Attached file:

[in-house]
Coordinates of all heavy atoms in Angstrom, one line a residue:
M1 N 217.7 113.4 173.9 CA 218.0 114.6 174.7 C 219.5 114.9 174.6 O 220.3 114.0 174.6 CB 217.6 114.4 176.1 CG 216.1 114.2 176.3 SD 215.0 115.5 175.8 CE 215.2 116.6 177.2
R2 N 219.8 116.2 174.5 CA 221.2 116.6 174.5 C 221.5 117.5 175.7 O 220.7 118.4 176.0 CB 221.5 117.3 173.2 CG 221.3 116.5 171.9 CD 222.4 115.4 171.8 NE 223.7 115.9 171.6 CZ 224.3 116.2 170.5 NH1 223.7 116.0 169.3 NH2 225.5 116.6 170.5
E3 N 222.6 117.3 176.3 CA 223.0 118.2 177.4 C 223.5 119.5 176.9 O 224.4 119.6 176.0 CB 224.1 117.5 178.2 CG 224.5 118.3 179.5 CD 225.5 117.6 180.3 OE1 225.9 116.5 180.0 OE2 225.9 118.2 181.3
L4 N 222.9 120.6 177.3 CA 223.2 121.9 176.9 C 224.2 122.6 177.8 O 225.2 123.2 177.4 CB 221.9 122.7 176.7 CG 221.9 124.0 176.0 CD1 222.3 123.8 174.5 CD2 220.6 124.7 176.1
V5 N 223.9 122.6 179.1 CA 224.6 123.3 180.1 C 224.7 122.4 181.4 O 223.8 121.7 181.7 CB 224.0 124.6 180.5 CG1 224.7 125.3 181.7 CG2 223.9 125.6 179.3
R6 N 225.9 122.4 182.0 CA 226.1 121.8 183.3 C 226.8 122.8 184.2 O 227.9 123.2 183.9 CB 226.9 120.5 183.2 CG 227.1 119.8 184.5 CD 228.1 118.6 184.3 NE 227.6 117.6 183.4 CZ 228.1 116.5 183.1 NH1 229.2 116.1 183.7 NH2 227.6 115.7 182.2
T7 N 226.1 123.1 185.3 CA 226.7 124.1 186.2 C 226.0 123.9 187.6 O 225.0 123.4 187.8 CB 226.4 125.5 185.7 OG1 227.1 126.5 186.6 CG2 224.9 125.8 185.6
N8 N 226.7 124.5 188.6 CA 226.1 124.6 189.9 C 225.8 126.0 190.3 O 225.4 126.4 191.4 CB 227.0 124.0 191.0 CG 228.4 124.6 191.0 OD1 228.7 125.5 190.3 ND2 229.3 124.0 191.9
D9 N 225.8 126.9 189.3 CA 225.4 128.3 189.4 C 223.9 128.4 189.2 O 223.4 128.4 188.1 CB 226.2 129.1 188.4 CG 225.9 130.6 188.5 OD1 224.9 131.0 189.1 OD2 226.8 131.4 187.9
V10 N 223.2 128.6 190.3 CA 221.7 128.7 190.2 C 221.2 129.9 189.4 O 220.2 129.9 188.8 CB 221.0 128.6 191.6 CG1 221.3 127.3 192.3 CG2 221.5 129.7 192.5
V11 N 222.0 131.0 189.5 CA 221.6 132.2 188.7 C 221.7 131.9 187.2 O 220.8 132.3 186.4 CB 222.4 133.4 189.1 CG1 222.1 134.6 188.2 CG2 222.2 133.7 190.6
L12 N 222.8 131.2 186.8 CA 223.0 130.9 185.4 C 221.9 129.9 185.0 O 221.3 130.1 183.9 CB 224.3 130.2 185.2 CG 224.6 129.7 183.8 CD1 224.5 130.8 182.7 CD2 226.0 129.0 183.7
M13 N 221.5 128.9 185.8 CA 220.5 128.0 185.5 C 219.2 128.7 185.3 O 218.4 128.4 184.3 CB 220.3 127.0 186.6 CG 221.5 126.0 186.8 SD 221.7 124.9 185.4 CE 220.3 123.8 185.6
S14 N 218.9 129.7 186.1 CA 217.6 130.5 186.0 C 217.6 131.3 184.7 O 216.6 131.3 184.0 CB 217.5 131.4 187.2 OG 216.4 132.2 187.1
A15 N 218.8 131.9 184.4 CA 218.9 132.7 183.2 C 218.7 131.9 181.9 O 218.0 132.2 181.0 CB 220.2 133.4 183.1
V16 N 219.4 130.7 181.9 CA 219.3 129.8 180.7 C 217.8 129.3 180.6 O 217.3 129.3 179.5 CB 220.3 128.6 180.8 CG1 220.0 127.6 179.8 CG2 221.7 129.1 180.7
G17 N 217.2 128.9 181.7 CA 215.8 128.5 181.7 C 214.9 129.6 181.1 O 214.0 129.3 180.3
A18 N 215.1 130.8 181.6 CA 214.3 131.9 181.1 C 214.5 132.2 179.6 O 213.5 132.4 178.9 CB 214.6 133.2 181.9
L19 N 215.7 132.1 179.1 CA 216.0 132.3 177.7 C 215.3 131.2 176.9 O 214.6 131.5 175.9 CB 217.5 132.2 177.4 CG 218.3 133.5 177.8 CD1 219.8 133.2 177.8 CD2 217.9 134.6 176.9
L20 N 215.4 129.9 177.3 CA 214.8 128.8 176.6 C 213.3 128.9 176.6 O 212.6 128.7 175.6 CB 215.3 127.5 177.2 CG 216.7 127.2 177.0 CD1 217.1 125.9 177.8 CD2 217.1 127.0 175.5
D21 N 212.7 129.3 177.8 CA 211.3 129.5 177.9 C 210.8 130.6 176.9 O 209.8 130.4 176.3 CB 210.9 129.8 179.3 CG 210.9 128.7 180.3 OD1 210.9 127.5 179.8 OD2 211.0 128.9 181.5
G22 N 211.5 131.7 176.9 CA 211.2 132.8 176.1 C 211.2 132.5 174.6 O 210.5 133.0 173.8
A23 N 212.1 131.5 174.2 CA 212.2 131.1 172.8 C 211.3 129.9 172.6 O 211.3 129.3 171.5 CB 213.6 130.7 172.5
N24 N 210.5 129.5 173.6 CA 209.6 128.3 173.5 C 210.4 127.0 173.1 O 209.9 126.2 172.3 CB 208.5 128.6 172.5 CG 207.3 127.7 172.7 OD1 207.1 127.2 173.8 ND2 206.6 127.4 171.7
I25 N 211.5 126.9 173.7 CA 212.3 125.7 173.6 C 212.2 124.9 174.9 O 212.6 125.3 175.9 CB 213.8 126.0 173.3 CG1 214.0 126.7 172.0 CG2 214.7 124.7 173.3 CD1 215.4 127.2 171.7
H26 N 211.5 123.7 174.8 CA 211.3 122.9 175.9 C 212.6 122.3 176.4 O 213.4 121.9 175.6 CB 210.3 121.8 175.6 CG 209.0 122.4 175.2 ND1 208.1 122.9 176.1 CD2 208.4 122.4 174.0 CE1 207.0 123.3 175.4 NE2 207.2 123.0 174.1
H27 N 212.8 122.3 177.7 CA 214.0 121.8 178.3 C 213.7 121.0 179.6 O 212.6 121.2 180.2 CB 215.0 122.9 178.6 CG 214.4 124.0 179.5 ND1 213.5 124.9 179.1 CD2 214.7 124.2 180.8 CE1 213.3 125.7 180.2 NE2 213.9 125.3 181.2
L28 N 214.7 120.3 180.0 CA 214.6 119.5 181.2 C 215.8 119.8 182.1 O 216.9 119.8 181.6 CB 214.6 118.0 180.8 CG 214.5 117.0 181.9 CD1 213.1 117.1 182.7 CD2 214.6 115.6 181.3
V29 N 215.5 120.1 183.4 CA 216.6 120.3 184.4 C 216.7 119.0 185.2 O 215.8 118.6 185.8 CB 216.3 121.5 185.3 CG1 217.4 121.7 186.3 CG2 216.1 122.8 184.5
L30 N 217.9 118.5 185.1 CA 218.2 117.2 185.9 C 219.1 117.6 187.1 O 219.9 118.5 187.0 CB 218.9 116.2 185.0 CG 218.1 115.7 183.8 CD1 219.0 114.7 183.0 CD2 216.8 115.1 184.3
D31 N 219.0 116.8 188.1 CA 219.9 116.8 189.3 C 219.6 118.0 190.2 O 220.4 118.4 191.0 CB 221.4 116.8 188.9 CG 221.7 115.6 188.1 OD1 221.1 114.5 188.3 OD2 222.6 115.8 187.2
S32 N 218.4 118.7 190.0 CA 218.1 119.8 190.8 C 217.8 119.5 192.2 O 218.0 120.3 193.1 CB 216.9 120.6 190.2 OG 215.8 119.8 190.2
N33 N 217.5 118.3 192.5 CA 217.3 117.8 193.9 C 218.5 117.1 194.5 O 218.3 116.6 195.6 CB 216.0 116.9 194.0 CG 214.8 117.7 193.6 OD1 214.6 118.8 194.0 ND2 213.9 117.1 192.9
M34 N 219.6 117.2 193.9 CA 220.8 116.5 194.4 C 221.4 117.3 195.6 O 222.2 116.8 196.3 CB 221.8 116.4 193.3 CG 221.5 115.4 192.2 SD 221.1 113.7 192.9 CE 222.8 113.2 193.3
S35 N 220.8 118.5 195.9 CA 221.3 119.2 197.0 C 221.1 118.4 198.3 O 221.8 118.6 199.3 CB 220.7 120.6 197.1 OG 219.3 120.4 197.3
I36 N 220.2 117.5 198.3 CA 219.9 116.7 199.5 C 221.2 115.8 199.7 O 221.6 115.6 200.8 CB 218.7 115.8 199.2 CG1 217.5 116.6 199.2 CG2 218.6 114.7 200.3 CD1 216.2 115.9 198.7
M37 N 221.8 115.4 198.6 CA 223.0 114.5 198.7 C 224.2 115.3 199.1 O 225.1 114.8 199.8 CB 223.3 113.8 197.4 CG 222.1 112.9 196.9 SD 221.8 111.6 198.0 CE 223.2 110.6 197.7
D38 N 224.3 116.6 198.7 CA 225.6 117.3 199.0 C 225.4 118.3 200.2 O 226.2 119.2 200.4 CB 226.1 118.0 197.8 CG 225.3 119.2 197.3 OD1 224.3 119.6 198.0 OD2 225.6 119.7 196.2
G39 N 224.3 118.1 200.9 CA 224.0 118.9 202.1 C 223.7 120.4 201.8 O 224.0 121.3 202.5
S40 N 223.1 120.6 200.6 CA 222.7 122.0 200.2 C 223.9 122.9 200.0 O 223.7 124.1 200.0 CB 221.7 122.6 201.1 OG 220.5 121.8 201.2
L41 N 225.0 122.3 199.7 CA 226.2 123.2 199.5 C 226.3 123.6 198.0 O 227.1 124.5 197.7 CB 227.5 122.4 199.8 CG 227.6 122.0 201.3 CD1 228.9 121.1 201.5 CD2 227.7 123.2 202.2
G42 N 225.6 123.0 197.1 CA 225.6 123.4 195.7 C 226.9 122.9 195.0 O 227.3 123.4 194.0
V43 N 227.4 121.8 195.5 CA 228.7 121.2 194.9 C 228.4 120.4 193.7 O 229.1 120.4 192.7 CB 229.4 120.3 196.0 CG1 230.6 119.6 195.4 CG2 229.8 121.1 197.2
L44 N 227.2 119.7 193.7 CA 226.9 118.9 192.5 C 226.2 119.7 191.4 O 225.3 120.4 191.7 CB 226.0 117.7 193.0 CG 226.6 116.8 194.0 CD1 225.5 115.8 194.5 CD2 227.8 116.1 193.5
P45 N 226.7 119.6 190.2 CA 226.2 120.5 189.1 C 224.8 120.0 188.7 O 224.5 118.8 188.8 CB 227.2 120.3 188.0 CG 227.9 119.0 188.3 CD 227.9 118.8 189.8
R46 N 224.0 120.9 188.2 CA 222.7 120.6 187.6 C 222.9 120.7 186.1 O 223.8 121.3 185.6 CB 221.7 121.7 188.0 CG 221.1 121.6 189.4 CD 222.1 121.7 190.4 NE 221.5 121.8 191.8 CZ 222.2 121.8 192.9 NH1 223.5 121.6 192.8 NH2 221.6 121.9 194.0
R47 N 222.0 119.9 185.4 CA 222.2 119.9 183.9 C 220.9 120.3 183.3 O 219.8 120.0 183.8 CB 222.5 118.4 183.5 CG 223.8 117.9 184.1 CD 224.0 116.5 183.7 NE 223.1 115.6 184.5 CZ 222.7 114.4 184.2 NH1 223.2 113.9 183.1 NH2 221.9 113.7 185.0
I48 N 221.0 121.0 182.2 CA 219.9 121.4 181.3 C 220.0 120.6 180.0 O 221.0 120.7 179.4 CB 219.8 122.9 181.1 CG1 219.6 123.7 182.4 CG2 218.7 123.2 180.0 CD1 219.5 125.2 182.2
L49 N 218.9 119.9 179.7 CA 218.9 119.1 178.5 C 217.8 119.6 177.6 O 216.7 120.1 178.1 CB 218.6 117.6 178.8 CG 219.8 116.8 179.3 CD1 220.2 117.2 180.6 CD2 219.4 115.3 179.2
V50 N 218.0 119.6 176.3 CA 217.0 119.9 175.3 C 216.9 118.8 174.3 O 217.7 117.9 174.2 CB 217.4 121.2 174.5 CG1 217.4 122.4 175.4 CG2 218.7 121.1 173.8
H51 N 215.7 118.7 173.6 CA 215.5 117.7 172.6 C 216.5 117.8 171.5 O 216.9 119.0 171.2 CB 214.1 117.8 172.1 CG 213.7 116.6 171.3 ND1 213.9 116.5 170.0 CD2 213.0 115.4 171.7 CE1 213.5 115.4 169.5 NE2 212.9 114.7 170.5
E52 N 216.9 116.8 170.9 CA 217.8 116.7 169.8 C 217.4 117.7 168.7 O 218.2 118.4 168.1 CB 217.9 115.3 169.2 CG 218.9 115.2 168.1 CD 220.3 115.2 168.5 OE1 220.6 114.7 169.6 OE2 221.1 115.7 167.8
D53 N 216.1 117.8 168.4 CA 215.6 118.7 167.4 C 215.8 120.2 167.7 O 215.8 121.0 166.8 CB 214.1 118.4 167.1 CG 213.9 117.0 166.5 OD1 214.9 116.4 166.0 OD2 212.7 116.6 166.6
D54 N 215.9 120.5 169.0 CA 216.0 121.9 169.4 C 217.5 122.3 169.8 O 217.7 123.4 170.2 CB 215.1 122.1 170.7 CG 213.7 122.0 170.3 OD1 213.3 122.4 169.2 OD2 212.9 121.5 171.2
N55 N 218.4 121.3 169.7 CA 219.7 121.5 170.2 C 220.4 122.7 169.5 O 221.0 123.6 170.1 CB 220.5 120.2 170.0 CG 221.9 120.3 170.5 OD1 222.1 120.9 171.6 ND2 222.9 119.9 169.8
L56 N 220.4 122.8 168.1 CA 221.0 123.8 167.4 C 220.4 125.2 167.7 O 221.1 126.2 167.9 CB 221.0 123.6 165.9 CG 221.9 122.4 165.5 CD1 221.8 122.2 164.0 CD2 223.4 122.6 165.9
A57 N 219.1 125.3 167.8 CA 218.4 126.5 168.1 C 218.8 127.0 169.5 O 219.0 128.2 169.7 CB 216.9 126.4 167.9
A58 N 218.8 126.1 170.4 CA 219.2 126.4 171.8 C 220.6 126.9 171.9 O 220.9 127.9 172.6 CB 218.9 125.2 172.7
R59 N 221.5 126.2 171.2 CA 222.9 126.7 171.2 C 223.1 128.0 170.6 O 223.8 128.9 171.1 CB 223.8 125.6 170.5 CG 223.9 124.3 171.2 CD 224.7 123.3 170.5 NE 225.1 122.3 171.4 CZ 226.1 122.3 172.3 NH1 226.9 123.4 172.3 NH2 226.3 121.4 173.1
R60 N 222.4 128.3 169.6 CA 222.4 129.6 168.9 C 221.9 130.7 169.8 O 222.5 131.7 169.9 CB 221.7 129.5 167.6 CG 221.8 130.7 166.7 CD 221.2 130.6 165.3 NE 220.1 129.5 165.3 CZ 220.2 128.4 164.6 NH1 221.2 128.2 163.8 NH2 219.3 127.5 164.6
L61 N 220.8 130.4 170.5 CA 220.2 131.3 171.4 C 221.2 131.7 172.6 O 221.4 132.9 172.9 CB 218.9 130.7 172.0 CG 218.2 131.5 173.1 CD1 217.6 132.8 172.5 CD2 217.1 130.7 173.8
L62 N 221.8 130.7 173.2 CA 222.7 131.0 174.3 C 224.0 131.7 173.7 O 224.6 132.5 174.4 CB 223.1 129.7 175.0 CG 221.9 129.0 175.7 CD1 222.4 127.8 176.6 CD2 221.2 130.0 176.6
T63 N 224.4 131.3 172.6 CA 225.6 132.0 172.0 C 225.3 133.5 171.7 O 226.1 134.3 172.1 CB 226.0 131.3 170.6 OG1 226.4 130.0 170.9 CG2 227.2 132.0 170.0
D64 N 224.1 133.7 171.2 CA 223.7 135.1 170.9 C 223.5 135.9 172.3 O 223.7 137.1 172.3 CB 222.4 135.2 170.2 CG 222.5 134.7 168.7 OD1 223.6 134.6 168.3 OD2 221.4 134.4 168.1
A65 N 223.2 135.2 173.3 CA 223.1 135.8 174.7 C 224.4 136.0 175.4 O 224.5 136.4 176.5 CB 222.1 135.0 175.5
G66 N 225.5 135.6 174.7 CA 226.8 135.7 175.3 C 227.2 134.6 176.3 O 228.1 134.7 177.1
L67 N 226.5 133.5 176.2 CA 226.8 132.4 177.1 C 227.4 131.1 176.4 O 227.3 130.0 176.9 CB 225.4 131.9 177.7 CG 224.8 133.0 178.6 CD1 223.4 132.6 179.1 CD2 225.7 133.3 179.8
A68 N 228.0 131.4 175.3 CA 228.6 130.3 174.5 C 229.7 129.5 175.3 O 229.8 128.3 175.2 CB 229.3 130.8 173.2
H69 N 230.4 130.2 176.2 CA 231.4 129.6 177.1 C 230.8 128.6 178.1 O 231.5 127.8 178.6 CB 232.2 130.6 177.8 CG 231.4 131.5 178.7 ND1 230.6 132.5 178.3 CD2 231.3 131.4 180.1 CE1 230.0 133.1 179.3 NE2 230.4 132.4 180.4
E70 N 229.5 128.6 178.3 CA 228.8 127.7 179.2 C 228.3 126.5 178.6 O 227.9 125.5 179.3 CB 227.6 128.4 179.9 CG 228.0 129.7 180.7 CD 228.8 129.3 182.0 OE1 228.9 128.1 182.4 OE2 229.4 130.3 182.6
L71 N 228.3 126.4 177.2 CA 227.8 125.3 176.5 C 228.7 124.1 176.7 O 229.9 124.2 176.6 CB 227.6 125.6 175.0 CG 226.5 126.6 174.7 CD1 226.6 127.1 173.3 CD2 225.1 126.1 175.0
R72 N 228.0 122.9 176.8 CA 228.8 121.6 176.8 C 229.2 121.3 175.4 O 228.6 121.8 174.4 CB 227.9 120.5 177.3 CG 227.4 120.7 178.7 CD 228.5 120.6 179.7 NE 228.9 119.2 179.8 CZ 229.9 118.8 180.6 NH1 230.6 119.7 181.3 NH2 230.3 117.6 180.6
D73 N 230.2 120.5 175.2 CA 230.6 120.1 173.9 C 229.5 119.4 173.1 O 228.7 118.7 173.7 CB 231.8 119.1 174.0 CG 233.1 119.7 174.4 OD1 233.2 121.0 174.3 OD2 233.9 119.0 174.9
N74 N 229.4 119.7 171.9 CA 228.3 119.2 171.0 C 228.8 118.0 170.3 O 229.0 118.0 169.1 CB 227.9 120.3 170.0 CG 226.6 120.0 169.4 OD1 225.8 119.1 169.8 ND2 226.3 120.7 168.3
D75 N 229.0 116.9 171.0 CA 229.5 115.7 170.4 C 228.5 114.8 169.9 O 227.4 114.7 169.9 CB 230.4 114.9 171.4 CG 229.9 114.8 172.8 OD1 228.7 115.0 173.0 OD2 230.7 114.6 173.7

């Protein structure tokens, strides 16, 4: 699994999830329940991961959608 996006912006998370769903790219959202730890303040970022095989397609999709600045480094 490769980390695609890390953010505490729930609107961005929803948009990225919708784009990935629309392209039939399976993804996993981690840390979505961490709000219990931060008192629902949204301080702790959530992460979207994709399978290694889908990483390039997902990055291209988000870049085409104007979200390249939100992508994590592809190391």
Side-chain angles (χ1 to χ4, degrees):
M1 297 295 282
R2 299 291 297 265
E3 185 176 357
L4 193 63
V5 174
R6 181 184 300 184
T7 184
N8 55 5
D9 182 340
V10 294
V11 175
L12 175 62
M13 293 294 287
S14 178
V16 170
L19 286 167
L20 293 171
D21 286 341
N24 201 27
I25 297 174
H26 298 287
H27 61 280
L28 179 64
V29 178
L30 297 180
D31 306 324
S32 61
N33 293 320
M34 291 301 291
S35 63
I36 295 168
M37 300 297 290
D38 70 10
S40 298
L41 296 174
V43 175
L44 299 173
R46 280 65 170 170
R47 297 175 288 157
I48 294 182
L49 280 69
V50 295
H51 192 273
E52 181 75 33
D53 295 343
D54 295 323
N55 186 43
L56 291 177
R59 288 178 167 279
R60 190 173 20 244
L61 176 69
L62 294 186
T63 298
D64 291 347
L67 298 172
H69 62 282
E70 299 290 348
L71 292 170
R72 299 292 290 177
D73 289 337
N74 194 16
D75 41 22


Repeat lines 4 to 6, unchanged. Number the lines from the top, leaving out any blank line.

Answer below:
R2 N 219.8 116.2 174.5 CA 221.2 116.6 174.5 C 221.5 117.5 175.7 O 220.7 118.4 176.0 CB 221.5 117.3 173.2 CG 221.3 116.5 171.9 CD 222.4 115.4 171.8 NE 223.7 115.9 171.6 CZ 224.3 116.2 170.5 NH1 223.7 116.0 169.3 NH2 225.5 116.6 170.5
E3 N 222.6 117.3 176.3 CA 223.0 118.2 177.4 C 223.5 119.5 176.9 O 224.4 119.6 176.0 CB 224.1 117.5 178.2 CG 224.5 118.3 179.5 CD 225.5 117.6 180.3 OE1 225.9 116.5 180.0 OE2 225.9 118.2 181.3
L4 N 222.9 120.6 177.3 CA 223.2 121.9 176.9 C 224.2 122.6 177.8 O 225.2 123.2 177.4 CB 221.9 122.7 176.7 CG 221.9 124.0 176.0 CD1 222.3 123.8 174.5 CD2 220.6 124.7 176.1